Homemade Parachute Silk & Tulle Slip, Bra & Tap Pant Set

Homemade Parachute Silk & Tulle Slip, Bra & Tap Pant Set, c. 1940s, Great Britain. The Underpinnings Museum. Photography by Tigz Rice

Date: c. 1940s

Origin: Great Britain

Fabric: Parachute silk, embroidered tulle

Brand: Custom made


This trousseau-style set was home made, likely in 1940s Britain during World War II. This was a time of great restrictions, with fabrics and clothing being carefully rationed. Many people worked around these restrictions by making their own clothing at home and using unusual and non-traditional fabrics. The set consists of a bias-cut slip, soft bra and tap pants.

The base fabric of this set is a habotai silk, also known as parachute silk. Silk as a particularly restricted fabric, as it was needed for parachutes in the war effort. Due to the shortage of silks, many women would ‘recycle’ used parachutes (either those sent home by sweethearts from overseas or those captured from enemy airmen) to create wedding dresses and lingerie.

The set is clearly home made on a domestic sewing machine, with inconsistent and inaccurate stitching throughout. The fabric has been carefully cut to minimise waste, which is particularly noteworthy on the bias-grain slip which has carefully placed diagonal panelling. The tulle inserts on the garments are likely made from a fabric originally intended for home-furnishings rather than lingerie, as it is very stiff and scratchy.  The elastic at the waist of the tap pants is of the single cord variety, usually intended for utilitarian use rather than actual clothing. It is likely that this was the best material available for the purpose and is a noteworthy example of the British ‘make do and mend’ mentality.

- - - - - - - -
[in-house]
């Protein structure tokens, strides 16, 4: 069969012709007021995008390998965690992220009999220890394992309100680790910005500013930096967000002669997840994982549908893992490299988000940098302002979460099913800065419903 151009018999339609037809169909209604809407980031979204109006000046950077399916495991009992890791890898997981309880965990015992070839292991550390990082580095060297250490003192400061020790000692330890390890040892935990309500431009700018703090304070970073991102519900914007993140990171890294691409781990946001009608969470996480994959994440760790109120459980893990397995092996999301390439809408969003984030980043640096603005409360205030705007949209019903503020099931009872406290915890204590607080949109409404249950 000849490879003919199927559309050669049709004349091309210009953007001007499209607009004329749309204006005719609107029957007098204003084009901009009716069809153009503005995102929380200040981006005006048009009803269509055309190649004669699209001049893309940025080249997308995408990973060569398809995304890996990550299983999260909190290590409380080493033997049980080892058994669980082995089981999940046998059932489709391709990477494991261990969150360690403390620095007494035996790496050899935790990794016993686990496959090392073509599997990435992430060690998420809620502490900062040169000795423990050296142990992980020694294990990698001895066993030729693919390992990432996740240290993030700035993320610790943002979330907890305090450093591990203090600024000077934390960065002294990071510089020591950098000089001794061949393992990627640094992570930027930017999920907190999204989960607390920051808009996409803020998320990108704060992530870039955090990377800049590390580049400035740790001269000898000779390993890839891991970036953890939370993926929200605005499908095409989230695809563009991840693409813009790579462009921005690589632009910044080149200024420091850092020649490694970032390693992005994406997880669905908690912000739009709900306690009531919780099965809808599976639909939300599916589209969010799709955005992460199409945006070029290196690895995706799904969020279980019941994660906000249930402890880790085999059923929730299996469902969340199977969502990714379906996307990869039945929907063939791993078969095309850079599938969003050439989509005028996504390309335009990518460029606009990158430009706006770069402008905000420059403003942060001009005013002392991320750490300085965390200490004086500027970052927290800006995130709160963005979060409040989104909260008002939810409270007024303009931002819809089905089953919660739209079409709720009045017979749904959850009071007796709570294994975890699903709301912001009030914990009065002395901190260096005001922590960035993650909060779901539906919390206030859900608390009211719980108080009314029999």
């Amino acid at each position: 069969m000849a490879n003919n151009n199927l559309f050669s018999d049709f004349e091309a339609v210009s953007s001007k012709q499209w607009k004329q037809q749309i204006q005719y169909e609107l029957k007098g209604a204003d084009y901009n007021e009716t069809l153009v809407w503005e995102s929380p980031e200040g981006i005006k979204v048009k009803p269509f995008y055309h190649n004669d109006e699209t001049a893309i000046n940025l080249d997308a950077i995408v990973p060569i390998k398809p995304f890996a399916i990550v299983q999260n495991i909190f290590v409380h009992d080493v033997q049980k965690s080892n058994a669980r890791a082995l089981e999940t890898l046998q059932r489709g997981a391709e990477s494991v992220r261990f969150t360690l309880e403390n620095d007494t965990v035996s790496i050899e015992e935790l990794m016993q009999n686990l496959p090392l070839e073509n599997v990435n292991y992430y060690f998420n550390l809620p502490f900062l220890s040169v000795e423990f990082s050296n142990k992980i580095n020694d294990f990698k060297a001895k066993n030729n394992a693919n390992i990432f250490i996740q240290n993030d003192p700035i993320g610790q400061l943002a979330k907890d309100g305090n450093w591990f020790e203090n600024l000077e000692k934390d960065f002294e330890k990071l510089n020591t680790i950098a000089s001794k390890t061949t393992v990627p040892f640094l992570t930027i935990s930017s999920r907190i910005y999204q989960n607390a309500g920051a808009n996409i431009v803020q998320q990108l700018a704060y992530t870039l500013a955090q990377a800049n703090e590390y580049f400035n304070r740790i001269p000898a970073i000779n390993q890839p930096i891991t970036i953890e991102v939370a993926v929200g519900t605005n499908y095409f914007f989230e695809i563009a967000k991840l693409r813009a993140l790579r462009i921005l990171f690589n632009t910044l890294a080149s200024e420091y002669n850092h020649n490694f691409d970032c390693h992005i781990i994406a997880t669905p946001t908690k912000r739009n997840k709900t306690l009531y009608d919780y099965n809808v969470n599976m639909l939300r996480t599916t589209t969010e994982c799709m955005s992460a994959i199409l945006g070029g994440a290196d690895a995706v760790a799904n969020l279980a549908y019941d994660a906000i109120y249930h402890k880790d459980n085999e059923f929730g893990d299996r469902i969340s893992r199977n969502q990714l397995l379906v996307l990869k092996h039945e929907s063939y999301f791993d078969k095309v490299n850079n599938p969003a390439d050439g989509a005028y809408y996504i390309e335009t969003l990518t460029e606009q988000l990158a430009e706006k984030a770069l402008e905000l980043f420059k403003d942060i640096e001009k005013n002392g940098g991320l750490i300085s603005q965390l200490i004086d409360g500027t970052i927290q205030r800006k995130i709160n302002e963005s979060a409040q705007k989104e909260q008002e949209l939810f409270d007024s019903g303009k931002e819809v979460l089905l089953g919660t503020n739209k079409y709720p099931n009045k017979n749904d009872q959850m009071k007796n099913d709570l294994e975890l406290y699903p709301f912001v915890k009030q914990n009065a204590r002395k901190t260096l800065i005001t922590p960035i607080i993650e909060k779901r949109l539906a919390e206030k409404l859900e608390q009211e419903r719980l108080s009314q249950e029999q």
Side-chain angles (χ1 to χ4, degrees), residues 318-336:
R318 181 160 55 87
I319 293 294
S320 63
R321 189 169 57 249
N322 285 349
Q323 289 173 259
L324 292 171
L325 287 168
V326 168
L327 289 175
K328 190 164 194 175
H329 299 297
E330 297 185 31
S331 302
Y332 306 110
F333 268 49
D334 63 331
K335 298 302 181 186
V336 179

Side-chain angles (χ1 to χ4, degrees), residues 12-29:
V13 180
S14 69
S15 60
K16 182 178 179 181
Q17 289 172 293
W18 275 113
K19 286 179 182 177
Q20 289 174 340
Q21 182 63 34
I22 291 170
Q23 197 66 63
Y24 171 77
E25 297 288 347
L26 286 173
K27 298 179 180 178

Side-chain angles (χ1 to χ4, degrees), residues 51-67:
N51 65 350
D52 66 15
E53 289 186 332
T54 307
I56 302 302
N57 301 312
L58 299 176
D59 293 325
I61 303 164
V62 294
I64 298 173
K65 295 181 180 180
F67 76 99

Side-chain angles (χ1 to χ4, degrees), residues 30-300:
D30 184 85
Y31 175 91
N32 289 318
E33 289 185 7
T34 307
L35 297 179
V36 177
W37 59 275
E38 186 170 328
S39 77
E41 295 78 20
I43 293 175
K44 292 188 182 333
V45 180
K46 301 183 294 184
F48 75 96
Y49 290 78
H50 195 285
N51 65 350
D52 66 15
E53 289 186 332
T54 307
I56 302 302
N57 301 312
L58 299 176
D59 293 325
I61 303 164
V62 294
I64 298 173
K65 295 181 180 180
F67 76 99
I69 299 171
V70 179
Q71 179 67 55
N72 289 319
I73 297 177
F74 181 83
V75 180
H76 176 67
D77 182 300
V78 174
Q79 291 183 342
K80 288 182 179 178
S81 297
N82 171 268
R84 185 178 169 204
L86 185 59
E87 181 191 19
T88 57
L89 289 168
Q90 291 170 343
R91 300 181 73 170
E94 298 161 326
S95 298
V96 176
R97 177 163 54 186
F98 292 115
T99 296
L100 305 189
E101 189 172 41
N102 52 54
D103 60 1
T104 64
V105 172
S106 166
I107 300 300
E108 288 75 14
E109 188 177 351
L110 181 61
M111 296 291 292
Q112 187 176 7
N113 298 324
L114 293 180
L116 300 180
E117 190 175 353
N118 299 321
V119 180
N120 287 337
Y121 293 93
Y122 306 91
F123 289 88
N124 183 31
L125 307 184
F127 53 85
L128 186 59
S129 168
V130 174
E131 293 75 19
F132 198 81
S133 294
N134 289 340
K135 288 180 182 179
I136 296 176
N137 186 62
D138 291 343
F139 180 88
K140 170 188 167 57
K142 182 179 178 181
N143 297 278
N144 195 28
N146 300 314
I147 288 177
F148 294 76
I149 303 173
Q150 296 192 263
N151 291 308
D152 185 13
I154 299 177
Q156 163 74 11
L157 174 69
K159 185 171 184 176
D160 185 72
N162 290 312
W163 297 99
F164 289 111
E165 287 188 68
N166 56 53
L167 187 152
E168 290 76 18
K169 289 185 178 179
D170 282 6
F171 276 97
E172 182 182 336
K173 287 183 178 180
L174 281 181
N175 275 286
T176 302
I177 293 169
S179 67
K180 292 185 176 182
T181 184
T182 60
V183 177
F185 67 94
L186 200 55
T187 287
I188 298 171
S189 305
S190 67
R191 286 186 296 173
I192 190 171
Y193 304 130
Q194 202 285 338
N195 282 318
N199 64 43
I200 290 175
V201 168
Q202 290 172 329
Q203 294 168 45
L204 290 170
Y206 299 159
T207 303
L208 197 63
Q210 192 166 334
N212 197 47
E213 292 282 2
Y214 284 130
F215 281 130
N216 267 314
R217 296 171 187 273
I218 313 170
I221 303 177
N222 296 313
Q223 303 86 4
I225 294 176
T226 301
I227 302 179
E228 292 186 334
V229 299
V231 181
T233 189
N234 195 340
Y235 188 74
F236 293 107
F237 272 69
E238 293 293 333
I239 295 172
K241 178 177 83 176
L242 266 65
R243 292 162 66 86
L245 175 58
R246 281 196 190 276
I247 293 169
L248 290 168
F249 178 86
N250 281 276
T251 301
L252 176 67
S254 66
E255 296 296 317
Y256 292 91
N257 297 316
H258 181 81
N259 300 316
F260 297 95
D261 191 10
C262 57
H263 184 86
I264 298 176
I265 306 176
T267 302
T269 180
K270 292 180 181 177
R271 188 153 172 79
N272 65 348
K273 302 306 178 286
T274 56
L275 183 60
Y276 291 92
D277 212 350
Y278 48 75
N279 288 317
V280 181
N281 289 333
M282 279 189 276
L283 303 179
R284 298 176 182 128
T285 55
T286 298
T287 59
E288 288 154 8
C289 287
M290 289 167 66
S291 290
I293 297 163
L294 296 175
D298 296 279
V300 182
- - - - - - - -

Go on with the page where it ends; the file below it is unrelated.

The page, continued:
Although the set is not well sewn, it is clear that a lot of time and consideration went into creating it. The fabric has been very carefully cut to minimise waist, the edges are trimmed with narrow silk binding and the pattern pieces are French seamed. It is possible that this set was intended as a wedding trousseau at a time of great hardship and minimal resources.


From the collection of Karolina Laskowska

Museum number: KL-2017-068


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